According to Mr Olanya, he decided to establish a maggot production farm in the backyard of his half-acre piece of land in Gulu city after thorough learnings via YouTube and other online digital platforms.

“I decided to search on Google and YouTube to learn about the breeding of Black Soldier Fly larvae and the production of organic feeds for fish, poultry and pigs as well as fertilizers,” Mr Olanya told this publication.

According to Mr Olanya, 75 percent of the waste produce in Gulu city is organic while the rest is plastic waste and this leaves the city, with a stench, flooded drainages, and health hazards resulting from poor waste disposal.

Gulu City produces approximately 65 tons of organic waste monthly from the leftover food from hotels, restaurants, and homes as well as decaying unsold raw food from markets, trading centers and the remains of brewery waste commonly known as ‘ting’ from ‘lace and join.’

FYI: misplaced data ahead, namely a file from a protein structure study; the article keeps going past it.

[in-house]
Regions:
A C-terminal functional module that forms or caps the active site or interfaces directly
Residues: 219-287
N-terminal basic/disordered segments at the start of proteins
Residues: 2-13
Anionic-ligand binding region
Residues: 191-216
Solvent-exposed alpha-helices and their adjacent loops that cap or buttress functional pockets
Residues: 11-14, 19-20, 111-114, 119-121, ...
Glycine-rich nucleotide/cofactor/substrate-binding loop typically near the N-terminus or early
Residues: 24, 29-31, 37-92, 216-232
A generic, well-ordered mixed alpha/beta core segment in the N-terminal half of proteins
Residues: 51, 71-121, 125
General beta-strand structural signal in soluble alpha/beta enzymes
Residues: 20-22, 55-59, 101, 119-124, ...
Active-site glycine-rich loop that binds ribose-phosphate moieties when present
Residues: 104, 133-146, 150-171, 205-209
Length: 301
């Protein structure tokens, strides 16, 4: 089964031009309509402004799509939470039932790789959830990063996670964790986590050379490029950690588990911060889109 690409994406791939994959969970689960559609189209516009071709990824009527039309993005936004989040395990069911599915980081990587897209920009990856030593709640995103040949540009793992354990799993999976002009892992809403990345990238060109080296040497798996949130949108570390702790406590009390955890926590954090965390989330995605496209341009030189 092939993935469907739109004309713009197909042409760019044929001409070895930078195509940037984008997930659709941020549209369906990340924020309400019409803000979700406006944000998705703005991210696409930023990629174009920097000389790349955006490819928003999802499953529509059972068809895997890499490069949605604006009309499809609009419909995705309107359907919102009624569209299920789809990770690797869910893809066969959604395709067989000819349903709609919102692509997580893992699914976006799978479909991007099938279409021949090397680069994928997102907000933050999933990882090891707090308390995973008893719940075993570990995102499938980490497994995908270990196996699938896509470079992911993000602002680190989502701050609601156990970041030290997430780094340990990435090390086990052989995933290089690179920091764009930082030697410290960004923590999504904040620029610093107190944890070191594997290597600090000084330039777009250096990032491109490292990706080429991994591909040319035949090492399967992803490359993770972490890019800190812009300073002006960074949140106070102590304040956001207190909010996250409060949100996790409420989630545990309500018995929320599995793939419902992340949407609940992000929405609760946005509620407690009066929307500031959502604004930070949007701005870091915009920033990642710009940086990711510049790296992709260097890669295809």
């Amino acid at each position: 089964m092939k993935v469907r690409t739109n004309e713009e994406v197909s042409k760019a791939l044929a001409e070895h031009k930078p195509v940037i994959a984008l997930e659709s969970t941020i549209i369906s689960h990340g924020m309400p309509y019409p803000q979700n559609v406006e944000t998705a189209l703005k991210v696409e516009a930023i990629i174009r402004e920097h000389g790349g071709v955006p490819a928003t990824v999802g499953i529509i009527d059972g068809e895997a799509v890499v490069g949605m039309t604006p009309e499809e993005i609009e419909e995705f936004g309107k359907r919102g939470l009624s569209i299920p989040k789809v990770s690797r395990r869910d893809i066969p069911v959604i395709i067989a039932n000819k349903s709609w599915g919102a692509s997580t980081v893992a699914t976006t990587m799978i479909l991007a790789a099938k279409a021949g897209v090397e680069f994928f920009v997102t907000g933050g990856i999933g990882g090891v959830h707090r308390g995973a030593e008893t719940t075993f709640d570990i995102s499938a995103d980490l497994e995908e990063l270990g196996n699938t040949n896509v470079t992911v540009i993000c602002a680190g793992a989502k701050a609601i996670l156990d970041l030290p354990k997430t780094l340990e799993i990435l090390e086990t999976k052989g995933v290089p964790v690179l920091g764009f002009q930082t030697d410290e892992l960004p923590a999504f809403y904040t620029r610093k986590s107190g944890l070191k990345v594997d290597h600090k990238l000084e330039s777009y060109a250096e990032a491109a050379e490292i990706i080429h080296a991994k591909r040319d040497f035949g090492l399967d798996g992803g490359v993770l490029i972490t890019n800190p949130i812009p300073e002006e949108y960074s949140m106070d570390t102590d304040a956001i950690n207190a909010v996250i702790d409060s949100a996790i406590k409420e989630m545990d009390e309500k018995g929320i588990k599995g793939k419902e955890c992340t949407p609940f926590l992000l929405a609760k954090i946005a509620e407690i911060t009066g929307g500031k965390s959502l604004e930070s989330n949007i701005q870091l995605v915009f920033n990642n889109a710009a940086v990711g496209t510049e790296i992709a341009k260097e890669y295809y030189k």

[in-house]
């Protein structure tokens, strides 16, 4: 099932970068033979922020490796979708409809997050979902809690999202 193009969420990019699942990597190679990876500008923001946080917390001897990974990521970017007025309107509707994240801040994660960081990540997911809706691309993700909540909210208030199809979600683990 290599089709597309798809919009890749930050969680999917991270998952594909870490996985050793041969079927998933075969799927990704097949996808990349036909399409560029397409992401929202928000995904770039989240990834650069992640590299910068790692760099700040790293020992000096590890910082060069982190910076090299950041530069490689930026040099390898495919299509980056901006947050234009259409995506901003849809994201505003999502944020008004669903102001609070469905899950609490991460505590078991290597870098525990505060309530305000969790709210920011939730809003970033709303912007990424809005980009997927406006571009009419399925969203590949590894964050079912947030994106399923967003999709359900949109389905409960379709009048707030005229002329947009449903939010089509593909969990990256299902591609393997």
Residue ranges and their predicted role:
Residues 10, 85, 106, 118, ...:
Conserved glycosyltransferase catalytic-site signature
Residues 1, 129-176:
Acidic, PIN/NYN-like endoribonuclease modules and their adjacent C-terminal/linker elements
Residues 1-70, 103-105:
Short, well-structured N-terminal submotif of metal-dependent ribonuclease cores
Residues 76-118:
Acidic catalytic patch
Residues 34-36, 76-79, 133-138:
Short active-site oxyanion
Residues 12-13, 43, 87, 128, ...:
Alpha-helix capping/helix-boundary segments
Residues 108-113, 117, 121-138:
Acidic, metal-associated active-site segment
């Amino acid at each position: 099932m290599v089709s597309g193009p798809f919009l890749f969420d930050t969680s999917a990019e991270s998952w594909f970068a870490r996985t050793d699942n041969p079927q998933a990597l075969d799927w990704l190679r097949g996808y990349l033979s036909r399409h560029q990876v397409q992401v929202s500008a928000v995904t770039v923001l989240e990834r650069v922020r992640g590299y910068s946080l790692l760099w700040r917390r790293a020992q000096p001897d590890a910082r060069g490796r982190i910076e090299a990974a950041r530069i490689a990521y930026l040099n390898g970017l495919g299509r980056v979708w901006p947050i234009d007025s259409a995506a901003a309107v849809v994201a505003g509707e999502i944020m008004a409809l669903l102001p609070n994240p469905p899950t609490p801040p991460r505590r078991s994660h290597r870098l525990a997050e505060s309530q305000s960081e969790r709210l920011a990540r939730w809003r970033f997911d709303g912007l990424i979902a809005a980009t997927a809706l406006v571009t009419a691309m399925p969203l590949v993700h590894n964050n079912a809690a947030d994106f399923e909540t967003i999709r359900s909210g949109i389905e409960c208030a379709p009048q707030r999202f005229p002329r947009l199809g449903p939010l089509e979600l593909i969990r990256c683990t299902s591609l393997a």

“I observed with keenness the stench within Gulu city especially whenever it would rain and the organic waste that flooded the area, which made life unconducive; this informed my decision to start and continue the production of the Black Soldier Fly to save the environment from pollution and provide locally made nutritious feeds for farmers at an affordable prices,” Mr Olanya said.

The breeding of Black Soldier Fly involves the attracting of the flies using organic food waste; once attracted, the flies lay eggs which take about two weeks to hatch, and after another week the larvae are ready and dried for feeding poultry.

Black Soldier Fly Larvae are considered highly nutritious feeds for poultry owing to the protein level it contains compared to soya beans and silverfish. In addition, they are also inexpensive with a kilogram sold between Shillings 700 (USD 0.8) to 800 (USD 0.21) only.

The Africa Compound Feed Market size is estimated at USD 21.95 billion in 2024, and is expected to reach USD 27.10 billion by 2027, growing at a CAGR of 4.31 % during the forecast period (2024-2027).

Figure 2: Animal Feed Market by Type, Product, and Geography-Forecast and Analysis 2023-2027.link.htm